Despite the high level of performance in current Neural MT engines, there remains a significant issue with robustness when it comes to unexpected, noisy input. When the input is not clean, the quality of the output drops drastically. In this issue, we will take a look at the impact of various types of 'noise' on the quality and we will discuss techniques proposed by Vaibhav et al. (2019) to improve the robustness of an NMT system.
Noises and their impact on Translation Quality
There can be several different types of noise, or errors, in any piece of text. It really depends on how it was written. These include, but are not limited to:
Vaibhav et al. (2019) observed the impact of four types of errors and their impact on an NMT system. The figure below shows the drop in BLEU scores and the percentage of noise introduced.
- spelling or typographical errors (receive vs recieve)
- word omission
- word insertion
- grammatical errors (a ton of vs a tons of)
- spoken language (want to vs wanna)
- slang (to be honest vs tbh)
- proper nouns
- obfuscated profanities (f*ing)
- OCR related errors ( vs 14], study vs st ud y)
- inconsistent capitalisation (change vs chaNGE)
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The impact of varying the amount of Synthetic Noise Induction on BLEU[/caption]
As we can see, obfuscated profanity is the biggest cause of the quality drop, followed by emoticon, spelling and grammar.
How to make NMT robust?
To improve the robustness of a system, we can fine tune our system on a small set of noisy data, where available. Apart from that, we can also generate synthetic noisy data and train our system on that data. Vaibhav et al. (2019) proposed two noise induction techniques.
Synthetic Noise Induction
For every token they introduce four different types of noises with some probability on both French and English sides of the corpus. The probabilities of error types were as follows: spelling (0.04), profanity(0.007), grammar (0.015) and emoticons (0.002). To simulate spelling error, they randomly add or drop a character in a given word. For grammar error and profanity, they randomly select and insert a stop word or an expletive and its translation on either side. And for emoticons, they randomly select an emoticon and insert it on both sides.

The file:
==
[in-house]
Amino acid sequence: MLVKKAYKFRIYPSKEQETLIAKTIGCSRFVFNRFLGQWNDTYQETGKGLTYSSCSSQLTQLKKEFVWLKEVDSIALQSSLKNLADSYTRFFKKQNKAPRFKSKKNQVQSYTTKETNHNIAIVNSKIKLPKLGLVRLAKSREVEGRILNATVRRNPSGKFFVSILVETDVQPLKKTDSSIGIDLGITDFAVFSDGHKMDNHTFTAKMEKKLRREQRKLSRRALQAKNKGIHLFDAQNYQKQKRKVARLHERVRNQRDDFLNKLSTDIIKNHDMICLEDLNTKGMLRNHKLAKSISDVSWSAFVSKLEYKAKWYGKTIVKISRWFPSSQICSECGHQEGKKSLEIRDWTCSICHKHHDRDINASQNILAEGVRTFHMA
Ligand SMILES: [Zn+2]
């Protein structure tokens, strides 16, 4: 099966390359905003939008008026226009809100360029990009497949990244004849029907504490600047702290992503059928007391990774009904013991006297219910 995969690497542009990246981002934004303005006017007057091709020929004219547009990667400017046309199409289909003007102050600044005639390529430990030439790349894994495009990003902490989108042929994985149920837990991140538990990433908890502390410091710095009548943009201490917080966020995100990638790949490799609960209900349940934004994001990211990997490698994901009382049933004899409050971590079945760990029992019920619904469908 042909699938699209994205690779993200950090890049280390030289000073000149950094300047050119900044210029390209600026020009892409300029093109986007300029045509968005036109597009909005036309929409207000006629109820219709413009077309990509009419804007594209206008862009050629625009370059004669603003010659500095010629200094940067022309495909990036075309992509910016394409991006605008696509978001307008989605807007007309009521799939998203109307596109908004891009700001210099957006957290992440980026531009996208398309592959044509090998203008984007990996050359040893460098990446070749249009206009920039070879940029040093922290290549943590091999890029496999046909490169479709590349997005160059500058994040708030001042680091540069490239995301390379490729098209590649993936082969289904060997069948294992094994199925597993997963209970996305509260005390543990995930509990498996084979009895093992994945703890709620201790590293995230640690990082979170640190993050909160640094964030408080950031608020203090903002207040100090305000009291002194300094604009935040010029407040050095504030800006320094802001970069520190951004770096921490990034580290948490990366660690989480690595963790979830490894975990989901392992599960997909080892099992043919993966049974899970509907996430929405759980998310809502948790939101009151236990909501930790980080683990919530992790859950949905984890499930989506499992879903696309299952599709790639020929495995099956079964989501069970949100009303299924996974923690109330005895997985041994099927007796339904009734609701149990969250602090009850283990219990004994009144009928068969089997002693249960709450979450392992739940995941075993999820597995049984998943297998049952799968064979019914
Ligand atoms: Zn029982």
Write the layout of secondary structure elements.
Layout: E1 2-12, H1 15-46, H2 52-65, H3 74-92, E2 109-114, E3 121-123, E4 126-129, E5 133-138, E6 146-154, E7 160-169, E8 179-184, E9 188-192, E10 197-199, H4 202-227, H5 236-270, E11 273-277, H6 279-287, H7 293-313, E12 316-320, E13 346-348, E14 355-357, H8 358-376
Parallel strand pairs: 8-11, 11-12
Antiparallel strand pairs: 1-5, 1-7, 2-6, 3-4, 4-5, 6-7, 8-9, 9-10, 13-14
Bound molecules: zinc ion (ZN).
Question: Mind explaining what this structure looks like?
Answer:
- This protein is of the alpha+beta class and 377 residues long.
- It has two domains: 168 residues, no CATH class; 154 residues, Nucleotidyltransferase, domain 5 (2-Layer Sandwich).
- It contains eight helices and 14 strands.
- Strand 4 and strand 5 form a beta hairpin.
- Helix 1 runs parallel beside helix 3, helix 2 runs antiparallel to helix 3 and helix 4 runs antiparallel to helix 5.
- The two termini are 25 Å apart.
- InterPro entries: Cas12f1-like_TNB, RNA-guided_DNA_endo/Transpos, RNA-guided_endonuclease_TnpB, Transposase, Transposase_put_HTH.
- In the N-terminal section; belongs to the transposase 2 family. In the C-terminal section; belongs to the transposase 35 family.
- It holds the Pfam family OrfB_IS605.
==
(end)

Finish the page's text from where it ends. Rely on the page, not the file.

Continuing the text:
Noise Generation through Back-Translation:
To induct back translation noise, they train MT systems in both directions (en-fr and fr-en) on different domain data. They then passed the text through such systems to get the resulting noisy text. Also, they added a subset of noisy data obtained from Michel & Neubig (2018) to train intermediate systems (adding noisy data made the text much closer to the style of noisy text, a similar but not same text is used for testing). The figure below describes the noisy text generation with back-translation. The figure shows English text as an input (French text can also be processed in a similar way).
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Noisy text generation with back-translation; English text as an input[/caption]
Does it work?
The testing and tuning was performed on the data from Michel & Neubig (2018). Fine tuning the NMT system on 20K noisy sentences improves the BLEU score from 14.42 to 23.74. In addition, the synthetic noise induction as mentioned above improves results to 25.05, and the noise generation through back translation improves results to 25.75 BLEU.
We can see that tuning and training on similar noisy data helps significantly. And a further improvement can be obtained by synthetically generating noisy data. As you can imagine, these types of noise are more likely to be prevalent in user generated content such as emails, online reviews, and social media. Therefore, the techniques described above should have good impact and value for use cases that require translation of such content.